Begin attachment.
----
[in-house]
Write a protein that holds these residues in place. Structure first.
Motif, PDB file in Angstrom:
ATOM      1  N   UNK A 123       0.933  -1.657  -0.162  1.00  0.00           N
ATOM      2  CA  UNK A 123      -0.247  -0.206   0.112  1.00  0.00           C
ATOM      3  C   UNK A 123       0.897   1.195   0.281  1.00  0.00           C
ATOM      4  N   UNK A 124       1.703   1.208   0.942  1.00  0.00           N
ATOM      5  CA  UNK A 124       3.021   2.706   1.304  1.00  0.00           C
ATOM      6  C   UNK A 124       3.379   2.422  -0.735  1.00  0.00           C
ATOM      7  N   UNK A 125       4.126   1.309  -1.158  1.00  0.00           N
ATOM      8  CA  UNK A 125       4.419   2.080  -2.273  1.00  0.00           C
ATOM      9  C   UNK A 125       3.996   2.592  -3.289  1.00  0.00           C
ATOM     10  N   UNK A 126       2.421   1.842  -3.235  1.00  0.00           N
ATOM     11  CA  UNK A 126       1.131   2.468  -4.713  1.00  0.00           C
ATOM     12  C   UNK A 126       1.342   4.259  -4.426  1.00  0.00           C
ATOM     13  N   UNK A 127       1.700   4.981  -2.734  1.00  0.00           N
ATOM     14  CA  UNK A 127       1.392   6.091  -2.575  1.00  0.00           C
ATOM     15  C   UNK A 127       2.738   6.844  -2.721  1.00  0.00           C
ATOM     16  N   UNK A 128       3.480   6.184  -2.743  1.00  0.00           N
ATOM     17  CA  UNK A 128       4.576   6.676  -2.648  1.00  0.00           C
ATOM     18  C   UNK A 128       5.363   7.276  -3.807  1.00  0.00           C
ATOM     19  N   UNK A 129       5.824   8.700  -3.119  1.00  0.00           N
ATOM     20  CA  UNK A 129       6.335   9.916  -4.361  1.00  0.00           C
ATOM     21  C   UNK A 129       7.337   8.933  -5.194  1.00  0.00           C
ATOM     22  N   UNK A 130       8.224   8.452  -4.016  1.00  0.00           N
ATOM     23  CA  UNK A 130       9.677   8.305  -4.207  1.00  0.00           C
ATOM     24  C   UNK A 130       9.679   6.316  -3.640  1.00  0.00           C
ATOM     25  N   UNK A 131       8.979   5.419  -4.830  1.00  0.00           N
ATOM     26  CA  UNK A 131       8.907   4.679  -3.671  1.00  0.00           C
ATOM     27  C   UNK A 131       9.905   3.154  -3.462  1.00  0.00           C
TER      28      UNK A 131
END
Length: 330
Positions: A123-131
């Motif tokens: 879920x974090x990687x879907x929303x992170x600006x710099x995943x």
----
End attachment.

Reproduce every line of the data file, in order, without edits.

[in-house]
Write a protein that holds these residues in place. Structure first.
Motif, PDB file in Angstrom:
ATOM      1  N   UNK A 123       0.933  -1.657  -0.162  1.00  0.00           N
ATOM      2  CA  UNK A 123      -0.247  -0.206   0.112  1.00  0.00           C
ATOM      3  C   UNK A 123       0.897   1.195   0.281  1.00  0.00           C
ATOM      4  N   UNK A 124       1.703   1.208   0.942  1.00  0.00           N
ATOM      5  CA  UNK A 124       3.021   2.706   1.304  1.00  0.00           C
ATOM      6  C   UNK A 124       3.379   2.422  -0.735  1.00  0.00           C
ATOM      7  N   UNK A 125       4.126   1.309  -1.158  1.00  0.00           N
ATOM      8  CA  UNK A 125       4.419   2.080  -2.273  1.00  0.00           C
ATOM      9  C   UNK A 125       3.996   2.592  -3.289  1.00  0.00           C
ATOM     10  N   UNK A 126       2.421   1.842  -3.235  1.00  0.00           N
ATOM     11  CA  UNK A 126       1.131   2.468  -4.713  1.00  0.00           C
ATOM     12  C   UNK A 126       1.342   4.259  -4.426  1.00  0.00           C
ATOM     13  N   UNK A 127       1.700   4.981  -2.734  1.00  0.00           N
ATOM     14  CA  UNK A 127       1.392   6.091  -2.575  1.00  0.00           C
ATOM     15  C   UNK A 127       2.738   6.844  -2.721  1.00  0.00           C
ATOM     16  N   UNK A 128       3.480   6.184  -2.743  1.00  0.00           N
ATOM     17  CA  UNK A 128       4.576   6.676  -2.648  1.00  0.00           C
ATOM     18  C   UNK A 128       5.363   7.276  -3.807  1.00  0.00           C
ATOM     19  N   UNK A 129       5.824   8.700  -3.119  1.00  0.00           N
ATOM     20  CA  UNK A 129       6.335   9.916  -4.361  1.00  0.00           C
ATOM     21  C   UNK A 129       7.337   8.933  -5.194  1.00  0.00           C
ATOM     22  N   UNK A 130       8.224   8.452  -4.016  1.00  0.00           N
ATOM     23  CA  UNK A 130       9.677   8.305  -4.207  1.00  0.00           C
ATOM     24  C   UNK A 130       9.679   6.316  -3.640  1.00  0.00           C
ATOM     25  N   UNK A 131       8.979   5.419  -4.830  1.00  0.00           N
ATOM     26  CA  UNK A 131       8.907   4.679  -3.671  1.00  0.00           C
ATOM     27  C   UNK A 131       9.905   3.154  -3.462  1.00  0.00           C
TER      28      UNK A 131
END
Length: 330
Positions: A123-131
């Motif tokens: 879920x974090x990687x879907x929303x992170x600006x710099x995943x």